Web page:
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                 Thailand’s Official Development Assistance (ODA) can be categorized into 3 groups:

                     (1) Grant and technical cooperation

                     (2) Financial Assistance and Soft Loan

                     (3) Contribution to International Organizations


                The Thai Government has two agencies which are authorized to administer Thailand’s official development assistance (ODA). One is the Thailand International Cooperation Agency (TICA), under the Ministry of Foreign Affairs.  TICA is responsible for providing technical cooperation and various forms of development cooperation. The other agency is the Neighboring Countries Economic Development Cooperation Agency (NEDA), which is a public organization under the Ministry of Finance, and is responsible for providing financial assistance.  Some ministries, .i.e. Ministry of Commerce and Ministry of Labor, undertake their monetary contributions to international organizations directly by themselves.

                Since 2006, TICA has been reporting Thailand’s ODA to the Organization for Economic Cooperation and Development (OECD) on a voluntary basis.  As an upper-middle income country, Thailand is not a member of the Development Assistance Committee (DAC) / OECD, and is not required to submit ODA reports.  By voluntarily sending reports to the OECD, Thailand allows the OECD to keep record of its ODA and cemented its status as an emerging donor, with a view to meet the OECD’s recommendations that member countries should set aside at least 0.7 percent of their respective GNI as ODA.

                At present, OECD database shows that Thailand is both a provider and user of technical assistance.  However, trends in the past decades indicate a gradual rise in Thailand’s status as a provider, and its role as a user in decline.

                Thailand’s emergence as a provider of technical assistance

                At the onset of 1946, Thailand firmly established itself as one of the fastest growing user of economic and technical assistance, with aids coming in from several countries such as the US, Japan, Australia, Canada, European countries and the United Nations. Such assistance was crucial in transforming and strengthening Thailand’s economic structure and position in international trade. Towards the end of the 1980s, Thailand registered an annual economic growth at 10.5 percent a year, gravitating the country beyond several other developing countries and towards the status as a developed country. One effect of Thailand’s development is that some developed countries started to cooperate with Thailand as partner rather than a recipient of aids. At present, Thailand’s status as a user of technical assistance has greatly diminished, along with the remaining aids including those from Japan, South Korea, China, Germany, the US and some international organizations that have cooperated with Thailand in fostering human resources development, especially in science, technology and innovation.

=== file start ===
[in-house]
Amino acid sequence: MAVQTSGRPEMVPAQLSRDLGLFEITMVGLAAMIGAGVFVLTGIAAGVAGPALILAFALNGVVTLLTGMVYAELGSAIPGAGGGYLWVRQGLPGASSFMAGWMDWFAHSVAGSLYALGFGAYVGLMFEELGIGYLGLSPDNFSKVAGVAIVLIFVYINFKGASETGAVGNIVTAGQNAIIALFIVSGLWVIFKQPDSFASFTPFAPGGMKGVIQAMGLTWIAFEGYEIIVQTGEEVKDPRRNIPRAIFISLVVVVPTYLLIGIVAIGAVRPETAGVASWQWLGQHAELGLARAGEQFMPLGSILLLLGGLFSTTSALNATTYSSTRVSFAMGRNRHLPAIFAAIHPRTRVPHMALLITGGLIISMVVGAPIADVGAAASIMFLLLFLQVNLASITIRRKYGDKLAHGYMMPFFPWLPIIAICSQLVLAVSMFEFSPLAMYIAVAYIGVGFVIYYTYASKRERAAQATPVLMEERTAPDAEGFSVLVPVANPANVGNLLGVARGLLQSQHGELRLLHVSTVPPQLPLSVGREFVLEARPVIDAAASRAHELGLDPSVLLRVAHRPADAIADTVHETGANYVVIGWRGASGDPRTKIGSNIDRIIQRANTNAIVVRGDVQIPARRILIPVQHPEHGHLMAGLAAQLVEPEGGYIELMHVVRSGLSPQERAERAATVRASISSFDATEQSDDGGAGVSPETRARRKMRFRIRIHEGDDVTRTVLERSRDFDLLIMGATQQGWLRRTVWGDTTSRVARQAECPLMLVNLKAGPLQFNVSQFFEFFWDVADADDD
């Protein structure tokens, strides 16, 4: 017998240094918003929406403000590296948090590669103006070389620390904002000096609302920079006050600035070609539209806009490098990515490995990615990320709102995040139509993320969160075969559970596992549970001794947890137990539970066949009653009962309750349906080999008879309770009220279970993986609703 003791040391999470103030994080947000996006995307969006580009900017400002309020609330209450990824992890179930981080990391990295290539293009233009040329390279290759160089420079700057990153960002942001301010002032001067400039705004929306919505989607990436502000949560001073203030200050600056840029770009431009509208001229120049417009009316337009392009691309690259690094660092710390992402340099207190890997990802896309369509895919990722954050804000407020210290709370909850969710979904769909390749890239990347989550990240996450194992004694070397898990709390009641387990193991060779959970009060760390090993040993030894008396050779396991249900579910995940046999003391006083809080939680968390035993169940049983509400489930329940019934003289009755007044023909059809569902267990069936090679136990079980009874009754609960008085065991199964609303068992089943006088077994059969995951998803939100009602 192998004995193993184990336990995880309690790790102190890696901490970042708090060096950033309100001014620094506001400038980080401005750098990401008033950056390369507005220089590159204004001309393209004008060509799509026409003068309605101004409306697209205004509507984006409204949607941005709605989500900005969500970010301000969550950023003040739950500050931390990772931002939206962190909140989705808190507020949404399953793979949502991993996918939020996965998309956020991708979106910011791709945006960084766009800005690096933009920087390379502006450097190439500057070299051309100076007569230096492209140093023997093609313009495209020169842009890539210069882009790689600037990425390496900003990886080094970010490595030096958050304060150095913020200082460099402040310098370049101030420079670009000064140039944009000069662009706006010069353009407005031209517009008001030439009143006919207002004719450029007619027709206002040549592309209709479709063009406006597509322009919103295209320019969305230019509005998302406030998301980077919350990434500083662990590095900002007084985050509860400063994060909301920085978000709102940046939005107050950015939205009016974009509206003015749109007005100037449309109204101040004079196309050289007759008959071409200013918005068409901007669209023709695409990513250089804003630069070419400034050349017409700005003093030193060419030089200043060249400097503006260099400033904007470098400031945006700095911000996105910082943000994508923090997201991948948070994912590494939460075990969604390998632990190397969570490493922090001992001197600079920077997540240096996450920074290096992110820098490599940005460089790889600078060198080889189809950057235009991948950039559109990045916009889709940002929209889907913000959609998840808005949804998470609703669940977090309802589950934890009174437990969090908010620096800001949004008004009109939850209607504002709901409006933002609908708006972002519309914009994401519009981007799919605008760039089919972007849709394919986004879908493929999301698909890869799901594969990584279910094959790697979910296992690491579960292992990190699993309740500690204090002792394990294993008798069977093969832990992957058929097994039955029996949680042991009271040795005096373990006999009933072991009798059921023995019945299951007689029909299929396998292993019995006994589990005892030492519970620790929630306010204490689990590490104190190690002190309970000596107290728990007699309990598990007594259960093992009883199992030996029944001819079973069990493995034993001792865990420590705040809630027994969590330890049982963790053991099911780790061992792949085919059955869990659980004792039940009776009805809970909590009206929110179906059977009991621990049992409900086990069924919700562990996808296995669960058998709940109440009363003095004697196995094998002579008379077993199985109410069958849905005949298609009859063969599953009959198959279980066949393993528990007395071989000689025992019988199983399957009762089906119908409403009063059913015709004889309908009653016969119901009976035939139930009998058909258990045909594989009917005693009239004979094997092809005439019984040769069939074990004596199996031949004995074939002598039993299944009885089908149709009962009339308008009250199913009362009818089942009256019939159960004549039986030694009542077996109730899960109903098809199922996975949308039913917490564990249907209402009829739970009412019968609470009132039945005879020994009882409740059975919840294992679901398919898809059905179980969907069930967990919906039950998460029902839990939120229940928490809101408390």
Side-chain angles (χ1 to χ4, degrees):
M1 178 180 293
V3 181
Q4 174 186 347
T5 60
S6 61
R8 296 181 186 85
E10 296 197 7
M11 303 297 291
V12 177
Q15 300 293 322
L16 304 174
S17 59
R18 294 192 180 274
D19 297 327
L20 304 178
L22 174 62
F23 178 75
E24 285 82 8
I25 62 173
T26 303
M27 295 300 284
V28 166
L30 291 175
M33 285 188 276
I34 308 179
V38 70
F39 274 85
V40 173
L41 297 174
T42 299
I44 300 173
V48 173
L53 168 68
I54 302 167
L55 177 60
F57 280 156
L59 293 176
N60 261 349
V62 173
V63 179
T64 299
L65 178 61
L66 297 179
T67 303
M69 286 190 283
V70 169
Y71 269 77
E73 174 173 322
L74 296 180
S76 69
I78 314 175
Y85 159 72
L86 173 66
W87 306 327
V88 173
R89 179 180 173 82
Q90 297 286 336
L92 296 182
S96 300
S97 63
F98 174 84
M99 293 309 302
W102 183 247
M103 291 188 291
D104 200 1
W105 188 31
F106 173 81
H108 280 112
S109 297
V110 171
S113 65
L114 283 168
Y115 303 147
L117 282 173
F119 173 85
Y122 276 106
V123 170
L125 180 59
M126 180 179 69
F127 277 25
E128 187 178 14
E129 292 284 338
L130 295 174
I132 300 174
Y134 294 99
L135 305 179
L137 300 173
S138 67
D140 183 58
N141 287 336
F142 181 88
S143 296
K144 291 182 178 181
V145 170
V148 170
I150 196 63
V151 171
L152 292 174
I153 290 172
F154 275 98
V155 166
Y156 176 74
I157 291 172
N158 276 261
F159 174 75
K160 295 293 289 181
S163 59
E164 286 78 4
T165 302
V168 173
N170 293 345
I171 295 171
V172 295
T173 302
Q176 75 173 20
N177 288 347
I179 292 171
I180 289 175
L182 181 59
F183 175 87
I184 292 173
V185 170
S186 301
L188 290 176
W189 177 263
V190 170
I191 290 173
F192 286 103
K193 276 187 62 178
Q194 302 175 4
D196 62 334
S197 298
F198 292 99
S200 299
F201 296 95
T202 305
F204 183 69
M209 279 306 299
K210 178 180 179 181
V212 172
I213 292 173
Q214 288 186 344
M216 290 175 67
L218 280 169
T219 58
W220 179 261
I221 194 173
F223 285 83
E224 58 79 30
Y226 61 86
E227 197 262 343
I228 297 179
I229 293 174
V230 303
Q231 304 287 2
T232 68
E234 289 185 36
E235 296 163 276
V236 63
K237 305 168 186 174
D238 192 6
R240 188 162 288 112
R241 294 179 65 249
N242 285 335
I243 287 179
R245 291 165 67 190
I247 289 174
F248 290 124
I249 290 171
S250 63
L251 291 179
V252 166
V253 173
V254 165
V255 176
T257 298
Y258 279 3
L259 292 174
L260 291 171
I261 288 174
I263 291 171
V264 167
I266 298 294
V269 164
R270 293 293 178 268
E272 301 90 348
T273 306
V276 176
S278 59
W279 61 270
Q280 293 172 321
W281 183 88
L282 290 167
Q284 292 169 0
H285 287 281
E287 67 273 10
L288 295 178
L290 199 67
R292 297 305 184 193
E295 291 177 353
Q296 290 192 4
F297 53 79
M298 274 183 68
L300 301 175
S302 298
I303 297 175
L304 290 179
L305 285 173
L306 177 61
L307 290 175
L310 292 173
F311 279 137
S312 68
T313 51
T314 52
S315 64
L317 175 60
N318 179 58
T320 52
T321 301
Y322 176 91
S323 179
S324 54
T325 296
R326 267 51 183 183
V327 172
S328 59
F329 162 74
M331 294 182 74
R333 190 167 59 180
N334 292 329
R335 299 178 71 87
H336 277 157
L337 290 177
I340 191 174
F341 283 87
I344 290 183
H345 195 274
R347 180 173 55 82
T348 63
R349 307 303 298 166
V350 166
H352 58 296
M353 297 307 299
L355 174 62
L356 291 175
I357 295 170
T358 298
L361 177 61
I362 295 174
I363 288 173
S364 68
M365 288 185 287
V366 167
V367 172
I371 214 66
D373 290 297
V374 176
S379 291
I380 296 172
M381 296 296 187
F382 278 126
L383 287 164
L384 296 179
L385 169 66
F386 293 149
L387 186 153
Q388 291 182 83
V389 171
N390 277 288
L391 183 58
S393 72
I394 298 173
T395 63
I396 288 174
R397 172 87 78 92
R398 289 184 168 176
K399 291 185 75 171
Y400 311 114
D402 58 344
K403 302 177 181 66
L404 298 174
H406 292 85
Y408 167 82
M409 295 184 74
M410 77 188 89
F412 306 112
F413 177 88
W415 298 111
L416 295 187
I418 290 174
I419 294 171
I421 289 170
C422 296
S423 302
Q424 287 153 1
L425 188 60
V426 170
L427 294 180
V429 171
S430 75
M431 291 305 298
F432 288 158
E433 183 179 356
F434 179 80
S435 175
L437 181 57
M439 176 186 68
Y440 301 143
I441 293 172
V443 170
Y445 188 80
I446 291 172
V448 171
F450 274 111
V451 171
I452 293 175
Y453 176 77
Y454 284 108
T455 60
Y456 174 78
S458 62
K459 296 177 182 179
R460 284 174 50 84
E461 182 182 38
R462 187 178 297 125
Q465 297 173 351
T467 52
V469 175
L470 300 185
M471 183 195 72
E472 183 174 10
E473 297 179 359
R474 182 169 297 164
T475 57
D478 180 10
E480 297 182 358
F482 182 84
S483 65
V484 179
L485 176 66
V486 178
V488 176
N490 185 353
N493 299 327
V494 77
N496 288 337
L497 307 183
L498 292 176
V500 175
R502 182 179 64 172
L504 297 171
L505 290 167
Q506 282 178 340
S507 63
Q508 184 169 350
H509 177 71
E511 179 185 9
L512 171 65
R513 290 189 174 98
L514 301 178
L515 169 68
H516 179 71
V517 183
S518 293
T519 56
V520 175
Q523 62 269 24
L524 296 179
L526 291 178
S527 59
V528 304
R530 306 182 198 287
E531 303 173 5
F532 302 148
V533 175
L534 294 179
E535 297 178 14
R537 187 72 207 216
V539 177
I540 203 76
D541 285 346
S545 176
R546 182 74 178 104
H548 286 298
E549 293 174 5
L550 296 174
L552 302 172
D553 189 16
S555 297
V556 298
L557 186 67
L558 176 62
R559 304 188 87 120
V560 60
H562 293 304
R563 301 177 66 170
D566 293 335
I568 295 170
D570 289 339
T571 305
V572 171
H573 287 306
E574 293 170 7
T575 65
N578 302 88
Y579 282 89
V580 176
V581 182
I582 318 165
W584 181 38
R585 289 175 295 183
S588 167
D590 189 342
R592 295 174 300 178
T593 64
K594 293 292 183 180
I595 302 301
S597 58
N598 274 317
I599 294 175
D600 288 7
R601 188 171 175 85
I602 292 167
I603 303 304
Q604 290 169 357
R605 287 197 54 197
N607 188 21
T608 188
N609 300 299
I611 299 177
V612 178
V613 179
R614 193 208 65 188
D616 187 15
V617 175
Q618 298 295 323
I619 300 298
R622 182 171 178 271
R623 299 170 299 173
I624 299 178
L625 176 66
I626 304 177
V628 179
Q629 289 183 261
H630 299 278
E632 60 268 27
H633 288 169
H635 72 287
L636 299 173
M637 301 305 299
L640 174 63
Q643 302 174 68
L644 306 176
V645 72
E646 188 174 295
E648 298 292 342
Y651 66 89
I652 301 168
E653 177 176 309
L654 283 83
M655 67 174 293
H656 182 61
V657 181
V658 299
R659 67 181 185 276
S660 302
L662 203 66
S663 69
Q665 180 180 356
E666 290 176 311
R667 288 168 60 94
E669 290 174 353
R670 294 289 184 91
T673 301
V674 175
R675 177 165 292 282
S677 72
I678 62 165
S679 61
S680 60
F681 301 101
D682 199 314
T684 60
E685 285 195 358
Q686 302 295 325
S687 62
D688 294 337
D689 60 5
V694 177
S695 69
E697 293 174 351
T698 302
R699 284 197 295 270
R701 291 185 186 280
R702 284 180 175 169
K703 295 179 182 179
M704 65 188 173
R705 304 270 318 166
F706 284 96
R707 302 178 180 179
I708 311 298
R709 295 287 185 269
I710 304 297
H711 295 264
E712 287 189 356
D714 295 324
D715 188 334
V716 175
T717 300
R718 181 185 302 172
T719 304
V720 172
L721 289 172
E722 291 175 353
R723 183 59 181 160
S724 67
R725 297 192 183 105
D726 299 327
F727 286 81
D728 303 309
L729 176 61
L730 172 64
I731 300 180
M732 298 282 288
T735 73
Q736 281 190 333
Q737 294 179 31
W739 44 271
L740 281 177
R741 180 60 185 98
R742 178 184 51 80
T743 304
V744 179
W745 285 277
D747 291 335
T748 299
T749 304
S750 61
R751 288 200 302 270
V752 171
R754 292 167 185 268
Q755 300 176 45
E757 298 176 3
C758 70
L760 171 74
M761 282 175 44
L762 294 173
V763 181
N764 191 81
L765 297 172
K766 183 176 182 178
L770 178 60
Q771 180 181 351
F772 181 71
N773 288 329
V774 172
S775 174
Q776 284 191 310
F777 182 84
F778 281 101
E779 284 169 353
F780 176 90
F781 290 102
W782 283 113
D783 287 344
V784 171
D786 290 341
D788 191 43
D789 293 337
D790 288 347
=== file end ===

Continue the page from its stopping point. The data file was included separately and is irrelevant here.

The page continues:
Thailand’s role in development cooperation

1963-2004 Department of Technical and Economic Cooperation

1954 Thailand as a Recipient of Foreign Aid

2003-2015 Thailand as an Emerging Donor for MDGs

2004 Establishment of TICA

2016-present Thailand as a Partner for SDGs


                On the other hand, Thailand’s role as a provider of economic and technical assistance has greatly increased. This is nothing new, however, as Thailand’s provider status actually began in 1955. Thailand’s contribution at the time was limited to organizing study visit trips and training for other developing countries. In 1991, the Royal Thai Government, taking into account Thailand’s economic growth and the shifting international perception of Thailand, started to increase budget allocated for technical assistance to neighboring countries, as part of its policy to “turn the battlefield into commercial field.” In 1992, the budget for technical assistance to neighboring countries increased to 175 million baht (from 25 million baht in 1991), and 203 million baht in 1993.  At the same time, modalities of Thailand’s ODA also shifted towards development cooperation projects and technology transfer by experts.

                Thailand’s experience as ODA recipient over 40 years, coupled with the change in political and economic landscape, helped to shape Thailand’s emerging role as ODA provider.  Global issues and agenda also influence Thailand’s foreign policy to emphasize more on development cooperation with international partners.  Thailand’s emerging role as ODA donor has been well received by countries in the region such as member countries of the Ayeyawady – Chao Phraya – Mekong Economic Cooperation Strategy (ACMECS), Greater-Mekong Subregion (GMS), Commonwealth of Independent States (CIS), Latin American, the Caribbean and African countries.

                At present, the public, private sector and the civil society are free to contact foreign countries directly for technical assistance without TICA’s authorization.  Agencies are encouraged to report their assistance projects to TICA as the main agency to compile a report to OECD.

                In terms of Soft Loan, Neighboring Countries Economic Development Cooperation Agency (NEDA) emphasizes 4 areas for consideration: (1) transportation connectivity (2) energy (3) urban development and (4) human resource development.  Currently, there are 7 countries which has taken such loans from NEDA, namely Laos PDR, Vietnam, Cambodia, Myanmar, Bhutan, Sri Lanka and Timor-Leste.